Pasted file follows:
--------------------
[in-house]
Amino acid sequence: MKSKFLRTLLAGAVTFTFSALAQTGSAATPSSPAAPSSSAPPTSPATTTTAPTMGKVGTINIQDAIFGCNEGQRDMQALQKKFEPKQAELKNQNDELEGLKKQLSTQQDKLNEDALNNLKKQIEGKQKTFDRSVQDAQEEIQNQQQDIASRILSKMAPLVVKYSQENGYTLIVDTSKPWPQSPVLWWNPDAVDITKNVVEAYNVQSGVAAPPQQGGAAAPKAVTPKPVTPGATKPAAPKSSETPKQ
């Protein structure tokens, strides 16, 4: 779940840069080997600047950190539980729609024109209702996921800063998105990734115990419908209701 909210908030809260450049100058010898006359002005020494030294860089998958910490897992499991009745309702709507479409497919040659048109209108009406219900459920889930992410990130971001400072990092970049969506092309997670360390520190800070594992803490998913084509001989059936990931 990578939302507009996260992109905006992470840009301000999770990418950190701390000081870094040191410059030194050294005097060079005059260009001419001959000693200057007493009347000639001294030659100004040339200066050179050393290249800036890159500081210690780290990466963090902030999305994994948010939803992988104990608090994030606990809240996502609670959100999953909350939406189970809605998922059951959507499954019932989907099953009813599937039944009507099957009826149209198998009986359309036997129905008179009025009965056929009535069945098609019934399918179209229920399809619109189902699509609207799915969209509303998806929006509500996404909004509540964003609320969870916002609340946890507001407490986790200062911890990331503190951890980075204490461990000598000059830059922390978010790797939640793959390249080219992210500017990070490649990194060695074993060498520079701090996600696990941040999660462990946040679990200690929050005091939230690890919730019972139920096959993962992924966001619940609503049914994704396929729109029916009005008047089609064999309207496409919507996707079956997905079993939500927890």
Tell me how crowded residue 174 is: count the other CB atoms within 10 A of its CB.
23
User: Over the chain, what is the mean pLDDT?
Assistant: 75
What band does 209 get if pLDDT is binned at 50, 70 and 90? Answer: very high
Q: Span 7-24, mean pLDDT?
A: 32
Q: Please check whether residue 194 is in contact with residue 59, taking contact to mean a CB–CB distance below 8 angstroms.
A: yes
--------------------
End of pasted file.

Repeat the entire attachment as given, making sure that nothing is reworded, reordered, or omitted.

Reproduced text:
[in-house]
Amino acid sequence: MKSKFLRTLLAGAVTFTFSALAQTGSAATPSSPAAPSSSAPPTSPATTTTAPTMGKVGTINIQDAIFGCNEGQRDMQALQKKFEPKQAELKNQNDELEGLKKQLSTQQDKLNEDALNNLKKQIEGKQKTFDRSVQDAQEEIQNQQQDIASRILSKMAPLVVKYSQENGYTLIVDTSKPWPQSPVLWWNPDAVDITKNVVEAYNVQSGVAAPPQQGGAAAPKAVTPKPVTPGATKPAAPKSSETPKQ
């Protein structure tokens, strides 16, 4: 779940840069080997600047950190539980729609024109209702996921800063998105990734115990419908209701 909210908030809260450049100058010898006359002005020494030294860089998958910490897992499991009745309702709507479409497919040659048109209108009406219900459920889930992410990130971001400072990092970049969506092309997670360390520190800070594992803490998913084509001989059936990931 990578939302507009996260992109905006992470840009301000999770990418950190701390000081870094040191410059030194050294005097060079005059260009001419001959000693200057007493009347000639001294030659100004040339200066050179050393290249800036890159500081210690780290990466963090902030999305994994948010939803992988104990608090994030606990809240996502609670959100999953909350939406189970809605998922059951959507499954019932989907099953009813599937039944009507099957009826149209198998009986359309036997129905008179009025009965056929009535069945098609019934399918179209229920399809619109189902699509609207799915969209509303998806929006509500996404909004509540964003609320969870916002609340946890507001407490986790200062911890990331503190951890980075204490461990000598000059830059922390978010790797939640793959390249080219992210500017990070490649990194060695074993060498520079701090996600696990941040999660462990946040679990200690929050005091939230690890919730019972139920096959993962992924966001619940609503049914994704396929729109029916009005008047089609064999309207496409919507996707079956997905079993939500927890």
Tell me how crowded residue 174 is: count the other CB atoms within 10 A of its CB.
23
User: Over the chain, what is the mean pLDDT?
Assistant: 75
What band does 209 get if pLDDT is binned at 50, 70 and 90? Answer: very high
Q: Span 7-24, mean pLDDT?
A: 32
Q: Please check whether residue 194 is in contact with residue 59, taking contact to mean a CB–CB distance below 8 angstroms.
A: yes